I have two more old-time word problems in mind right now. One is easy, but the other one is like stupid-hard. They each use different kinds of thinking, but to me they seem to all be related.
Anyway, I'm working on the drafts for them to put up here.

Here is the first one, it uses what I would call "systematic thinking":

Suppose you had a dollar.
Now suppose you had someone make change for it.
They could give you a silver dollar. That would be one coin.
They could give you two half-dollars. Two coins.
They could give you a half-dollar and two quarters. Three coins.
Question: what is the smallest number of coins that could not add to exactly one dollar?

See, not hard. Just stubborn. Good luck.

Saturday, May 07, 2005

A harder word problem

Here is another classic word problem. It's a bit harder than the first one. Don't expect to figure it out on the first try. Or the second try. If you work by trial and error, you could, theoretically, get the answer, but I haven't ever seen anyone actually get it that way. The easiest way to figure it out is to try it a couple of times and then stop and think about it and keep asking what went wrong.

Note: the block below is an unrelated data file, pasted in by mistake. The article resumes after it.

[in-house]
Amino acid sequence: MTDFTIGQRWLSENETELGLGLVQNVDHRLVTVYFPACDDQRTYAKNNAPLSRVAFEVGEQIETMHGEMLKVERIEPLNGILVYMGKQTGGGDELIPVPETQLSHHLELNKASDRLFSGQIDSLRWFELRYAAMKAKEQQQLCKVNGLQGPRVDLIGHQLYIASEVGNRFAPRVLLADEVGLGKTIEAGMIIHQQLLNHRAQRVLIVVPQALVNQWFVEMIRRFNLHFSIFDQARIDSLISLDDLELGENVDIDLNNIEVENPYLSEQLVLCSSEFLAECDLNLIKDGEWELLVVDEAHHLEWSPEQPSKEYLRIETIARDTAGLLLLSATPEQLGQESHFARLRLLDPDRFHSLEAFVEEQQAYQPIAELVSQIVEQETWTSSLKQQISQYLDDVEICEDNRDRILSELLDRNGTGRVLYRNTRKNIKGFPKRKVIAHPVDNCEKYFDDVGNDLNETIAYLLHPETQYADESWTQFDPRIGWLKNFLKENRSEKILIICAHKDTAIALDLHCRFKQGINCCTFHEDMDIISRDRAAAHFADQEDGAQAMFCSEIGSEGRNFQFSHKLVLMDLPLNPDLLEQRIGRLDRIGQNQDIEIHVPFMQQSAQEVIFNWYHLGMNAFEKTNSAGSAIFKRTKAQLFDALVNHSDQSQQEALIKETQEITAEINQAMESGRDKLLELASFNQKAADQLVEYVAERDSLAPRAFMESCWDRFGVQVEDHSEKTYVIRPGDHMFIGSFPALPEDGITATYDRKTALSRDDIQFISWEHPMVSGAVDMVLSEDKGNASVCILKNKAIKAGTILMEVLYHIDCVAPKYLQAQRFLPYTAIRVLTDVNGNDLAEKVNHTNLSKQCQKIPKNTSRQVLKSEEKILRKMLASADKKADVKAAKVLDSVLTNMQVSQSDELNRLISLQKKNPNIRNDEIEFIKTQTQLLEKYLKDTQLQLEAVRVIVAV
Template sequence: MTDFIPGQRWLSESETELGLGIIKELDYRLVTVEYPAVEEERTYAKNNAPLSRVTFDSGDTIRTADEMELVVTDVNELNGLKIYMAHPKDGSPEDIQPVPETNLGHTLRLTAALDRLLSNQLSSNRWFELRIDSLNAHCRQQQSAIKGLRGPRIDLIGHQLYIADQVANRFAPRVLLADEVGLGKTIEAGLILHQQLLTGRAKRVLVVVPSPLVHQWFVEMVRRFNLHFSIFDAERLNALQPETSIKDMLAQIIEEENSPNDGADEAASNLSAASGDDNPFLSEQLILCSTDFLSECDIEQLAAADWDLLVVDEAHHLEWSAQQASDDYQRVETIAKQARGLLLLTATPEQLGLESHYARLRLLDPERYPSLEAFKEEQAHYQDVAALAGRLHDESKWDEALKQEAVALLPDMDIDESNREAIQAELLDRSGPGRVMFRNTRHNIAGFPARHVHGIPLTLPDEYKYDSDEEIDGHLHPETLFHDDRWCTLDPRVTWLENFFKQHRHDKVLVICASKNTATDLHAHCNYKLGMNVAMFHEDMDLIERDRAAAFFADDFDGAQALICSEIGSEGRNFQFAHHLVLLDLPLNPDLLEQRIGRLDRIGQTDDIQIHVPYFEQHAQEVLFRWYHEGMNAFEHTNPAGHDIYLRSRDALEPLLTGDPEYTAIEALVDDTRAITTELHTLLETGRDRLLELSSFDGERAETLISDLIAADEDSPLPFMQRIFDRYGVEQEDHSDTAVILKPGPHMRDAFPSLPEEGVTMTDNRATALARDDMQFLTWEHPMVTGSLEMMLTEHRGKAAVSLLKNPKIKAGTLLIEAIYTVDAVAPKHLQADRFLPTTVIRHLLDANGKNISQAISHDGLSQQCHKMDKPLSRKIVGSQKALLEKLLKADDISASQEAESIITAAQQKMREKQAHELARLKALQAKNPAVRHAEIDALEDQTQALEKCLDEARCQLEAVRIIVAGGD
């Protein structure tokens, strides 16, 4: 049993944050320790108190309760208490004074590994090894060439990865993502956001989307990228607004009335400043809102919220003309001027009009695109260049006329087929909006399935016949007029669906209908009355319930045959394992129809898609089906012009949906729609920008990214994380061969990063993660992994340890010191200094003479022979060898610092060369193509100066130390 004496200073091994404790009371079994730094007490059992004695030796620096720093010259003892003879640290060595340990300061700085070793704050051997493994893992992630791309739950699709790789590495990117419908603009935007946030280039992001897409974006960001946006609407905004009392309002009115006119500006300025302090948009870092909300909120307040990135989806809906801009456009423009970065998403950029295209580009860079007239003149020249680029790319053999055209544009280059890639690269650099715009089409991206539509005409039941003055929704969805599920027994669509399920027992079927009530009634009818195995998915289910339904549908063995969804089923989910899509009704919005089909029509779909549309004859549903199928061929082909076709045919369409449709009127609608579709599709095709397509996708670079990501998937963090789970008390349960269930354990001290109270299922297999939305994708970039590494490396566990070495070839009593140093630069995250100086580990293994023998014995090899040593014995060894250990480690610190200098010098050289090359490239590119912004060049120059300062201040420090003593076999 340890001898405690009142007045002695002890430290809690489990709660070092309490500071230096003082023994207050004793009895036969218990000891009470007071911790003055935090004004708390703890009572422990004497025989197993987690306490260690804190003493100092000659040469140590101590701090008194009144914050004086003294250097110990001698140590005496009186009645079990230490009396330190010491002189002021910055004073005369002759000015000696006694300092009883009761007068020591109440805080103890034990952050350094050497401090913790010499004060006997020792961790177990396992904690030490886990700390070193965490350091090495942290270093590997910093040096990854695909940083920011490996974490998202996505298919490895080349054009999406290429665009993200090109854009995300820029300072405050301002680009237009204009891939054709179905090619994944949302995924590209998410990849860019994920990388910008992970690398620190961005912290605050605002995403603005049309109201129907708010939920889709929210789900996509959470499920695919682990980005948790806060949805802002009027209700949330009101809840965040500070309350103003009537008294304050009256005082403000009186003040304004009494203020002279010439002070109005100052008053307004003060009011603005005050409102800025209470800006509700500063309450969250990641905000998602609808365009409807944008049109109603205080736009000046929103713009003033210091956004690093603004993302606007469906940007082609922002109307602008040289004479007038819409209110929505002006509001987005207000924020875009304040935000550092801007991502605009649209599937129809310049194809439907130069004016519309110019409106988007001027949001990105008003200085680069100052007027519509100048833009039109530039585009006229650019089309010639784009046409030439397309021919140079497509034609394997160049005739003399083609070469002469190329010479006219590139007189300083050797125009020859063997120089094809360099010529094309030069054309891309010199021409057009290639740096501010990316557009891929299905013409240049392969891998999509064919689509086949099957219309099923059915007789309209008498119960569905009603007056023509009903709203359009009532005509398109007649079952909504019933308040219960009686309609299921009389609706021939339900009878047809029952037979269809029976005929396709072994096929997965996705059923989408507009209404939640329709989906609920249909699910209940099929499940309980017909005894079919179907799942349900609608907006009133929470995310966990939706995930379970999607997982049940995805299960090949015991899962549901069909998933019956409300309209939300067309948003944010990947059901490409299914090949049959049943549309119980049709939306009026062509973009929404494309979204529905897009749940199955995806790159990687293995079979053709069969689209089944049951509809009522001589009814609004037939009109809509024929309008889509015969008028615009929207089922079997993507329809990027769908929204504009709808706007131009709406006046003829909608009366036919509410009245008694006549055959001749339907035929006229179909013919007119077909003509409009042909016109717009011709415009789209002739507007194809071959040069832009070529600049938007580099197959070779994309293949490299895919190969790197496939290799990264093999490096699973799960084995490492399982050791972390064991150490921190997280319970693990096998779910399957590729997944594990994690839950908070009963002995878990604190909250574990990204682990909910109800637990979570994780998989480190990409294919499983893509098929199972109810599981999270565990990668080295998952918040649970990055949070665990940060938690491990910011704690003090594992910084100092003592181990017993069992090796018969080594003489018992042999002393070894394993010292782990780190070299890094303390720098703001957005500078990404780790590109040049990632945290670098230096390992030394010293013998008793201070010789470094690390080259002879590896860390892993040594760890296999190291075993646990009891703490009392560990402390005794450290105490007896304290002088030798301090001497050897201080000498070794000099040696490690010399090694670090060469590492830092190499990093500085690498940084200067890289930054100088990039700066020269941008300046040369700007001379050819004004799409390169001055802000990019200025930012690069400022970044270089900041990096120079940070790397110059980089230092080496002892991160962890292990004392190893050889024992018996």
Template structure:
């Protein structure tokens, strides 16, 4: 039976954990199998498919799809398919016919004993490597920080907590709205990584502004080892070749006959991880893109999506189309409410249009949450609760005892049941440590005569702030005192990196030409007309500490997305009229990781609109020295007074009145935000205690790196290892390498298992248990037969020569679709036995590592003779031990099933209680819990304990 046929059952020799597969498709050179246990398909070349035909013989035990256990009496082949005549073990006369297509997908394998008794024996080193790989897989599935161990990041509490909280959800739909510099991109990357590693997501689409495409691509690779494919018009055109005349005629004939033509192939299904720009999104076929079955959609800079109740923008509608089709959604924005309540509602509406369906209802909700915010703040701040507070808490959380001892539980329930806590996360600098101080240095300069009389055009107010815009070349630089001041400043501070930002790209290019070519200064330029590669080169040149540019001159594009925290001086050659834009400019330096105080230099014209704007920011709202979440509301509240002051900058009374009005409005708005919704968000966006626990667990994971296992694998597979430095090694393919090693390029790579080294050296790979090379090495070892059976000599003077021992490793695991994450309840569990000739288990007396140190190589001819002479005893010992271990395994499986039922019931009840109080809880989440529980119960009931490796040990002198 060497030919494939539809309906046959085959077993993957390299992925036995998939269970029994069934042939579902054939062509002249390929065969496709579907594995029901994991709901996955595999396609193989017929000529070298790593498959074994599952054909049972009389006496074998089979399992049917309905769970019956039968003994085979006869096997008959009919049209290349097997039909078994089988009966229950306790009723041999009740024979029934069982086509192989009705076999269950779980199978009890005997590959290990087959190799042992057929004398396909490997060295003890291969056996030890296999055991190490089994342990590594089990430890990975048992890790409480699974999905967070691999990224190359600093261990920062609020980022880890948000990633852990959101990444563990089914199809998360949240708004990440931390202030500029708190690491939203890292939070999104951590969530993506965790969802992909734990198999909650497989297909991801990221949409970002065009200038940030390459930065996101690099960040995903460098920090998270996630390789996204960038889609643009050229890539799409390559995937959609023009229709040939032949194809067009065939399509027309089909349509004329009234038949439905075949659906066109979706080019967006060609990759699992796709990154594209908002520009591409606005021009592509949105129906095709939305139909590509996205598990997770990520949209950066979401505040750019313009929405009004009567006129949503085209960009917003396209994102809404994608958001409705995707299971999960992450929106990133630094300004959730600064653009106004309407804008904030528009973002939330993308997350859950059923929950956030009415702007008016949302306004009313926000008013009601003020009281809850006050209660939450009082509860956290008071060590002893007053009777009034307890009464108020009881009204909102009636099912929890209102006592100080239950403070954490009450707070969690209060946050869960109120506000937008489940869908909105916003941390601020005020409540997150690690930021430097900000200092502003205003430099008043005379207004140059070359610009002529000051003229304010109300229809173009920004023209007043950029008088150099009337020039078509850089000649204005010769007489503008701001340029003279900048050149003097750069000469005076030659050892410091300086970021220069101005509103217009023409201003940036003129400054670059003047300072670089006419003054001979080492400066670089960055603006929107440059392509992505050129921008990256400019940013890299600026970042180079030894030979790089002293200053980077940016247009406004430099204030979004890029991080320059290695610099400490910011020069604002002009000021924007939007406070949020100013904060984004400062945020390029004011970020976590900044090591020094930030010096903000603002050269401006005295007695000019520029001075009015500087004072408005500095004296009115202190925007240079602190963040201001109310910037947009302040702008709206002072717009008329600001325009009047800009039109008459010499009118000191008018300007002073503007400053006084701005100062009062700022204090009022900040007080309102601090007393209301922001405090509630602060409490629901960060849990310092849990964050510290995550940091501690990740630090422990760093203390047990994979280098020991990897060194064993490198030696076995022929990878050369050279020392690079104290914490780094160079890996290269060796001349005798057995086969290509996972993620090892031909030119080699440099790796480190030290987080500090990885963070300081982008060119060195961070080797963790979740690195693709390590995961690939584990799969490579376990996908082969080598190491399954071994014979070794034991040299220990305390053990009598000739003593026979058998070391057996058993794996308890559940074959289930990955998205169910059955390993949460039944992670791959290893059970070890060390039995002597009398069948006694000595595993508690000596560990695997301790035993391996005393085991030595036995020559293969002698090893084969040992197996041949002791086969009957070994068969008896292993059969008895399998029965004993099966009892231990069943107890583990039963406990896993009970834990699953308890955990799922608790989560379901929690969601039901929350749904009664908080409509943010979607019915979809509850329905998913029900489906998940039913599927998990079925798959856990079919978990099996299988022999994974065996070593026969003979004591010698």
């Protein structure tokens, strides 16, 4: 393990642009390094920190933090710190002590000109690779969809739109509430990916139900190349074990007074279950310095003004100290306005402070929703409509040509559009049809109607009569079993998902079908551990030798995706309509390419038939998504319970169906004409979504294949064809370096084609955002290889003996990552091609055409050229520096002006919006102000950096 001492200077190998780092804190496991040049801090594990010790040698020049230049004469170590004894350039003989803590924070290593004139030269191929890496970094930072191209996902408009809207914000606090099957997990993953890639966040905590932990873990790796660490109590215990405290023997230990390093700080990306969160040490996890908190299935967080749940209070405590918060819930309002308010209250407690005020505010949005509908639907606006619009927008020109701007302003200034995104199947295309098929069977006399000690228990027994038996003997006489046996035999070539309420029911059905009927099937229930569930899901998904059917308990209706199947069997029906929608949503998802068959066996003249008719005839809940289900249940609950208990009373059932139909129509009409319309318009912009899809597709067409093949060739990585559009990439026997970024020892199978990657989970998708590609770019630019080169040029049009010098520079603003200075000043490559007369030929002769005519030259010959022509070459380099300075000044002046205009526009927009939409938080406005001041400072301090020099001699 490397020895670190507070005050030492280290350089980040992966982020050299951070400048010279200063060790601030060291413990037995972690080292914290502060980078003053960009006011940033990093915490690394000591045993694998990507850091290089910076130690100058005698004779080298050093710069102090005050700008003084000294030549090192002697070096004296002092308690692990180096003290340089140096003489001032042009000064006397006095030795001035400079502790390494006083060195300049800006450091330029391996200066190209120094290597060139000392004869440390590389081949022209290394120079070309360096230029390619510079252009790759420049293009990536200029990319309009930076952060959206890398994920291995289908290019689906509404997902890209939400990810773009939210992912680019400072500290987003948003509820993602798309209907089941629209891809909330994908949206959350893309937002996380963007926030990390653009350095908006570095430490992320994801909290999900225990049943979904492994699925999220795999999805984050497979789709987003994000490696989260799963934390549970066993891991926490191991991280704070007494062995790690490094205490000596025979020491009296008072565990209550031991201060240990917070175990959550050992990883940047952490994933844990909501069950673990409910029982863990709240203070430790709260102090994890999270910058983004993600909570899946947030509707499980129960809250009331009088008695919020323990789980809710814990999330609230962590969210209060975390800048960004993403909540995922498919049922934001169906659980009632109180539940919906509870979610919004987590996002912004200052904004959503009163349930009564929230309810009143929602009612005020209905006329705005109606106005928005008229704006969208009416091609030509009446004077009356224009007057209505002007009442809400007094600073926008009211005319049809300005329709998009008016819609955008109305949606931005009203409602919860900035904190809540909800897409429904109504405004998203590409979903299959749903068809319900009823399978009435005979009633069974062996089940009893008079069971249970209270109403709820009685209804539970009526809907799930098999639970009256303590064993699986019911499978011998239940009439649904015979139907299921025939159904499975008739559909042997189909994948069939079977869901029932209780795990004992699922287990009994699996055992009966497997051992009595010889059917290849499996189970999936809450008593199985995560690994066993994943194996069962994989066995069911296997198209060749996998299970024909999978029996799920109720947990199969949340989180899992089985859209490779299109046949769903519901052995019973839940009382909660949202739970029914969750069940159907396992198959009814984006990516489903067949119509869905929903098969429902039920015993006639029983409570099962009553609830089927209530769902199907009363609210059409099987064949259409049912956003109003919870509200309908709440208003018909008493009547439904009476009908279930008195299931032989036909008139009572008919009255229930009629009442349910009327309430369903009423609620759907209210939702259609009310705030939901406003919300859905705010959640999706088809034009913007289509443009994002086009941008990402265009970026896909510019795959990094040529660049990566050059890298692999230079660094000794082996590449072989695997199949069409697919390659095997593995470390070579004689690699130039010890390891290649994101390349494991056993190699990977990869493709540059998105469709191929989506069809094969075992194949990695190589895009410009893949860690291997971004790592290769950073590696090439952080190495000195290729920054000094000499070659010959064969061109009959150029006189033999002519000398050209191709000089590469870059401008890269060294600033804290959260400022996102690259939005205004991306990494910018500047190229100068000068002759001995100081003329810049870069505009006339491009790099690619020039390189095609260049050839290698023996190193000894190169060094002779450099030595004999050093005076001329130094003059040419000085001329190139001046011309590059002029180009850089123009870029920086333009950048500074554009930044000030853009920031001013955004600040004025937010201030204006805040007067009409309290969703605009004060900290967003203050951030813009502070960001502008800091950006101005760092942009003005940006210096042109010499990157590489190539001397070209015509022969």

Ok, here it goes:

Four explorers are out hiking a trail at night. They come across a deep ravine with a rickety old rope bridge with half rotten wooden slats. They only have one flashlight among them. Because it is so dark and the bridge is so old, only two of them can get across safely at a time. Also, because of varying degrees of agility and bravery, they can each cross at different speeds.
The first guy can get across the bridge in one minute.
The second guy can cross it in two minutes.
The third guy in five minutes.
And the fourth guy in ten minutes.
If two people are crossing together, they have to travel at the slower person's pace.
So, for example, if they all want to cross the bridge, they could do it as follows:

Person number one and two go across together. (takes two minutes)
guy number one comes back across with the light (takes one more minute. three total so far)
guy number one and three go across. (takes five more minutes, total of eight)
number one goes back across with the light (add another minute, total of nine.)
number one and number four cross in ten minutes (grand total of nineteen minutes)

So here is the question...........................How can they all cross in only seventeen minutes?

There are actually two solutions for it. Good luck.

Friday, May 06, 2005

I like numbers after all